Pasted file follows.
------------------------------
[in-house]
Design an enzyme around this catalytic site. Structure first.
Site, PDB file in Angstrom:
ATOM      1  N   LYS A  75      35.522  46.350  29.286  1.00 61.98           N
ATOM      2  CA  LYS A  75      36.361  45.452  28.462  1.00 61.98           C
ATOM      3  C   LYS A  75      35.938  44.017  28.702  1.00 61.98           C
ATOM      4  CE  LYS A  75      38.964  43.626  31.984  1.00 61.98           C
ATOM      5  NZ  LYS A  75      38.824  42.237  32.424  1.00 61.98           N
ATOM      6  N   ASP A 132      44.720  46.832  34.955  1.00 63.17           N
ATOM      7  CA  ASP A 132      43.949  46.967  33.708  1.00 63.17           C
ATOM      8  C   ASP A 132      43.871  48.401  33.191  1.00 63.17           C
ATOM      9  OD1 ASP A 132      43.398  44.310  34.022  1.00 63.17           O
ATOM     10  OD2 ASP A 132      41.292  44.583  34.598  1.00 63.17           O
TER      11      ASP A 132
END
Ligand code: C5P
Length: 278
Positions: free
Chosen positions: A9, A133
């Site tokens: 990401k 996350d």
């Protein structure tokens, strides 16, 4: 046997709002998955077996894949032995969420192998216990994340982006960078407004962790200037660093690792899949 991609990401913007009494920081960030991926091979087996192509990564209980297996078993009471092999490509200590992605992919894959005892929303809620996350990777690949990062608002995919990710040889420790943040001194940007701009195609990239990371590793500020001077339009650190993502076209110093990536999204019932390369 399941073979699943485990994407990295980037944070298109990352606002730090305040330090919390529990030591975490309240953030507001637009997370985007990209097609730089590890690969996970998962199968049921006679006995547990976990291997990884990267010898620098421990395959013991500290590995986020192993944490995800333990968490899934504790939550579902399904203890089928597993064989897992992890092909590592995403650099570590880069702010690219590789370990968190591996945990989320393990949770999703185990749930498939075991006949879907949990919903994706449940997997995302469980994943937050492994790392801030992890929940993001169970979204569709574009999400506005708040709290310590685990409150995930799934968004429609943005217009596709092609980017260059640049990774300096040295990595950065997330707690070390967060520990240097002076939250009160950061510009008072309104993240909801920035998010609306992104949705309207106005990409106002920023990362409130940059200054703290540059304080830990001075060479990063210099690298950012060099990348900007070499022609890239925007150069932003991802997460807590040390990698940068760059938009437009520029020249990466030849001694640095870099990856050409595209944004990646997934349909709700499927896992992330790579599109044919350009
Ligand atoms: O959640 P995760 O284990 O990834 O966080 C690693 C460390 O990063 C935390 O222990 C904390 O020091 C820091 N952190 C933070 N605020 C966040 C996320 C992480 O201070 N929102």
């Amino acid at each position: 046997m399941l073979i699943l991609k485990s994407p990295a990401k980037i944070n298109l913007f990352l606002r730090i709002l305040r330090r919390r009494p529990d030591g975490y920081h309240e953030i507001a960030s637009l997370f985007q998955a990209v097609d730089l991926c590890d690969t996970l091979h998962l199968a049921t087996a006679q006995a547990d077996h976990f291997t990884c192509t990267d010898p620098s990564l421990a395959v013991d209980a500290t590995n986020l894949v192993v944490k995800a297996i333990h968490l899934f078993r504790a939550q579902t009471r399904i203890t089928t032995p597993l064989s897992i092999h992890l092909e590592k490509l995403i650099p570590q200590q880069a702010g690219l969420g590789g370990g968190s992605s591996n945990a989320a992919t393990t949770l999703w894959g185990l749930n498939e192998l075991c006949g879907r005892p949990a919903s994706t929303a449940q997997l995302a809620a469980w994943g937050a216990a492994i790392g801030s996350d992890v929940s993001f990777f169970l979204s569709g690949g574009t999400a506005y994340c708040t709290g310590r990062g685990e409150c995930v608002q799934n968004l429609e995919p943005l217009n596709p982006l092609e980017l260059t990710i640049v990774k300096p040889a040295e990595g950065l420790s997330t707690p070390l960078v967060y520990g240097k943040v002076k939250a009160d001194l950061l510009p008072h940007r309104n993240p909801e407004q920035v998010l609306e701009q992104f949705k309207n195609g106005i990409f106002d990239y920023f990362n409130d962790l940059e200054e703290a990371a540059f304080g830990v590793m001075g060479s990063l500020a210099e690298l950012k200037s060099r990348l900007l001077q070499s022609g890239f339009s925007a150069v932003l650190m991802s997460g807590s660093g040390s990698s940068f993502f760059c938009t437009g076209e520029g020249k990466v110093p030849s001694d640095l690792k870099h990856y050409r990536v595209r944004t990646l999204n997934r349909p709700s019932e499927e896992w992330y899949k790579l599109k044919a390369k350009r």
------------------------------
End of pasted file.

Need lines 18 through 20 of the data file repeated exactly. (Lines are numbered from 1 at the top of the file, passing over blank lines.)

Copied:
Positions: free
Chosen positions: A9, A133
């Site tokens: 990401k 996350d």